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Common Emergency Room Malpractice Examples: Reasons to Sue an Emergency Room

Updated April 1, 2024 | By Wilson Kehoe Winingham staff

If you need urgent medical care, where do you go? Often, you will find the nearest emergency room (ER). 

In an emergency room, there is no room for error. Suppose you experience a life-threatening health event, like a heart attack or stroke. In that case, you require an accurate and prompt diagnosis and treatment. You expect quick and effective medical care, with attentive staff and clear instructions for what to do when you are discharged. Unfortunately, emergency rooms do not always run smoothly, and sometimes errors occur, some of which may fall under the umbrella of medical malpractice.

Emergency room malpractice has several causes, from failure to follow hospital policies to delayed treatment. 

Types of Emergency Room Malpractice

Delayed Treatment

A hospital’s ER can easily get overcrowded, leading to a shortage of beds or a lack of available equipment and staff. These conditions can delay treatment, with patients being prioritized incorrectly or forced to wait for long periods before receiving treatment. 

Delayed treatment most often occurs when the patient enters the hospital or triage area. If the medical staff misses obvious signs of distress, such as chest pain or difficulty breathing, the delay in treatment could have life-threatening consequences.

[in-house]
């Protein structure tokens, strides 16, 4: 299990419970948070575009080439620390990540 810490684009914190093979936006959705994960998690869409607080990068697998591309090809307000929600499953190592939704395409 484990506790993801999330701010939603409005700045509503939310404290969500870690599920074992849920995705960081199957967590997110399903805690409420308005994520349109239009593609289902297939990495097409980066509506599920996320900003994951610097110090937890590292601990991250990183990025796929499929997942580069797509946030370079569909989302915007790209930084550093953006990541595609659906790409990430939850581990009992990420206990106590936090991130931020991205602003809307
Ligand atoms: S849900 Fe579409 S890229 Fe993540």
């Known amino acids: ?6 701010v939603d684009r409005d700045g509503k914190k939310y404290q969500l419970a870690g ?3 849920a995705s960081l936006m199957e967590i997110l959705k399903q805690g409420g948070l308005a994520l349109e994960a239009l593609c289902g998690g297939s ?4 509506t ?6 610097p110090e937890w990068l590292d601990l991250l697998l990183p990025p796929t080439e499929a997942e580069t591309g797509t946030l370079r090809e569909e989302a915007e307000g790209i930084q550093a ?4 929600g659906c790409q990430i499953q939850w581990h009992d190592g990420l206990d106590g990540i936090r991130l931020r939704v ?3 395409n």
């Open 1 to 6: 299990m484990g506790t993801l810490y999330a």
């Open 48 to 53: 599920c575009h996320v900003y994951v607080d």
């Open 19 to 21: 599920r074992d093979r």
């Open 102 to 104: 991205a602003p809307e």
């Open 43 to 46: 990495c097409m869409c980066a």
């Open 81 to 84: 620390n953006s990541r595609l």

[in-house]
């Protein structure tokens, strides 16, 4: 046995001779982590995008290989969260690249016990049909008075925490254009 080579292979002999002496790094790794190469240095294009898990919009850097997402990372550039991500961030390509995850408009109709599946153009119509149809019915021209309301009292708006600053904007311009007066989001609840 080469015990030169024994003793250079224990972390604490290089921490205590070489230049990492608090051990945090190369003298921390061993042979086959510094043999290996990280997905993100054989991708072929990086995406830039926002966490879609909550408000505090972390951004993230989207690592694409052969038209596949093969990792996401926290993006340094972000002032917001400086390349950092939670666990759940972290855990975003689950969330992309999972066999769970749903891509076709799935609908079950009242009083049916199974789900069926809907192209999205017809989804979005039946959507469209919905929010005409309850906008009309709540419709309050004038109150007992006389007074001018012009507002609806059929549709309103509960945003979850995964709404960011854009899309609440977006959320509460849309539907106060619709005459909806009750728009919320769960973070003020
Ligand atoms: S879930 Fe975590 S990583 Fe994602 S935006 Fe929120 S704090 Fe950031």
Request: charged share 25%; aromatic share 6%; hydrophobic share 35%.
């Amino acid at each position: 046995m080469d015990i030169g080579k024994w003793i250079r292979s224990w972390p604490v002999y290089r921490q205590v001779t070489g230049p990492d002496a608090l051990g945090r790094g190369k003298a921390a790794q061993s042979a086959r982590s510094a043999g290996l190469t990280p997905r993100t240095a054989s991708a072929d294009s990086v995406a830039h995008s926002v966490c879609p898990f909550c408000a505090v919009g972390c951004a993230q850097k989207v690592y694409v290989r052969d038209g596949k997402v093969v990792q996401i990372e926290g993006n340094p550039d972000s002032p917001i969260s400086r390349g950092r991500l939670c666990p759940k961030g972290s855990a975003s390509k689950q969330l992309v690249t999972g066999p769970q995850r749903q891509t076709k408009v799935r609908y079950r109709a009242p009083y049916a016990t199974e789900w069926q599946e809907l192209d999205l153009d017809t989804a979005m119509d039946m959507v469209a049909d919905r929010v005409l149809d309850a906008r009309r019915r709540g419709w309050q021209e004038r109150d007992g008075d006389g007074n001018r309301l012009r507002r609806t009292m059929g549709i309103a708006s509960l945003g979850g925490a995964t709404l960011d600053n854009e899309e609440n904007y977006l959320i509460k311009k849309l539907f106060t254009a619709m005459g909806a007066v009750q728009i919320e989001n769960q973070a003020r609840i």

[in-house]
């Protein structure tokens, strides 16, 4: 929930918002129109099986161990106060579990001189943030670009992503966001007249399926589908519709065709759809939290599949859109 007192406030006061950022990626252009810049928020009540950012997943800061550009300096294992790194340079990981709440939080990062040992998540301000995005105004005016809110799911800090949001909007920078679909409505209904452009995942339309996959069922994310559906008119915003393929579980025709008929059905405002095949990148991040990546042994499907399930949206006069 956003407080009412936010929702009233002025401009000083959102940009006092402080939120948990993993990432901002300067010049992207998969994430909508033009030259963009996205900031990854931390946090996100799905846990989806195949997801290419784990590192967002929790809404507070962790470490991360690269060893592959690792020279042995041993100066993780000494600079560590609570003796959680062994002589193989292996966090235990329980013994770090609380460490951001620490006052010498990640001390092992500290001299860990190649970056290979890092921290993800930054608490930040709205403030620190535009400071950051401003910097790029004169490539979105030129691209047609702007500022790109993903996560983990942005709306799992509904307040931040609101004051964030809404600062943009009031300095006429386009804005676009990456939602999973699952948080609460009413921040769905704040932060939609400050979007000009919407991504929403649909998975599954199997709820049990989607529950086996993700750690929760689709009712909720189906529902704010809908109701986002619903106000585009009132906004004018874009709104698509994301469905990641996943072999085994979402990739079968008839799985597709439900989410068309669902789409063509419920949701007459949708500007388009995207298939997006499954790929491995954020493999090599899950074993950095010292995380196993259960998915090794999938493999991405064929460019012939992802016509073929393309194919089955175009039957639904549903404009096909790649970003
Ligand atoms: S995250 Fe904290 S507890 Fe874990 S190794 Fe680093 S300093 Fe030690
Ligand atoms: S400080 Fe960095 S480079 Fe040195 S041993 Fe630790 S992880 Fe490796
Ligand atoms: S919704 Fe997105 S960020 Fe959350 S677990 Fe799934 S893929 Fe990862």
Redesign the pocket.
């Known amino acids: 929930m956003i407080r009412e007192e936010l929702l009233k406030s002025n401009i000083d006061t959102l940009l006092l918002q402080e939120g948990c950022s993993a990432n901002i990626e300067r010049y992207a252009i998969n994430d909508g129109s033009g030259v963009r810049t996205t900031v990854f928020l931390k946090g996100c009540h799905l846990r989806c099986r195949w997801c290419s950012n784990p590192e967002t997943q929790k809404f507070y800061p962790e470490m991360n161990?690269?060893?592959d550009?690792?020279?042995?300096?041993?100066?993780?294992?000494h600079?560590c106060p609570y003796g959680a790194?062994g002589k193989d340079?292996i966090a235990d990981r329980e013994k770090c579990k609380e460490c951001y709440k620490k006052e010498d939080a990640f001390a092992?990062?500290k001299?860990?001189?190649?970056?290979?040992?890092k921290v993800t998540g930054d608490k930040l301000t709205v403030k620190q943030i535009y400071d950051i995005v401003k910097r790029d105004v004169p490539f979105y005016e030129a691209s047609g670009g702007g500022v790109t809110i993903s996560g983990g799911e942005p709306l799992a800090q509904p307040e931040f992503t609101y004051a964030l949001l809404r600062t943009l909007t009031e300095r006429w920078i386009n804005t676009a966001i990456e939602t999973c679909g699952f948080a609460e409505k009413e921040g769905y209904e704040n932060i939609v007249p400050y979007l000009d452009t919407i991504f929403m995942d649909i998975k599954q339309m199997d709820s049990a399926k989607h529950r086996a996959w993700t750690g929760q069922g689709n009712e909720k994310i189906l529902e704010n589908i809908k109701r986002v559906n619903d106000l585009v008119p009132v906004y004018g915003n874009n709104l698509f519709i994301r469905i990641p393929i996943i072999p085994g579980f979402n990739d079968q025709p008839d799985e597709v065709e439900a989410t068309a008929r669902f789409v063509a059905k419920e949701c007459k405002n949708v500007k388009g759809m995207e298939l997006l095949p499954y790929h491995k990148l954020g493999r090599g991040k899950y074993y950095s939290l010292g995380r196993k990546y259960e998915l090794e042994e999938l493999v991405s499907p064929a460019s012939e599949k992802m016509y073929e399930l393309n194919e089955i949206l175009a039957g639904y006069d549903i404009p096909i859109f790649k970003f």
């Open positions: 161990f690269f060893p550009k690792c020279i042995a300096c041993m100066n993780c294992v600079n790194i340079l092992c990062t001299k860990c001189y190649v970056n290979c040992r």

When hospitals are understaffed or overcrowded, treatment will likely be delayed for many emergency room patients. However, when hospitals experience common emergency room problems like overcrowding,  nurses and staff should take extra care to triage each case appropriately. 

Even a minor medical issue can turn serious without timely treatment. If the patient sustains unnecessary complications, it may constitute medical malpractice. 

Ignored Policies

To save time or avoid paperwork, medical professionals sometimes cut corners. Ignoring hospital policies and procedures can seem inconsequential at the moment. But,  in reality, it can constitute malpractice if something goes wrong. Since hospital policy usually reflects the current standard of care, disregarding this policy can constitute medical malpractice. Many hospital negligence cases occur because the staff disregarded hospital policy. Ignoring hospital policy can look like the following: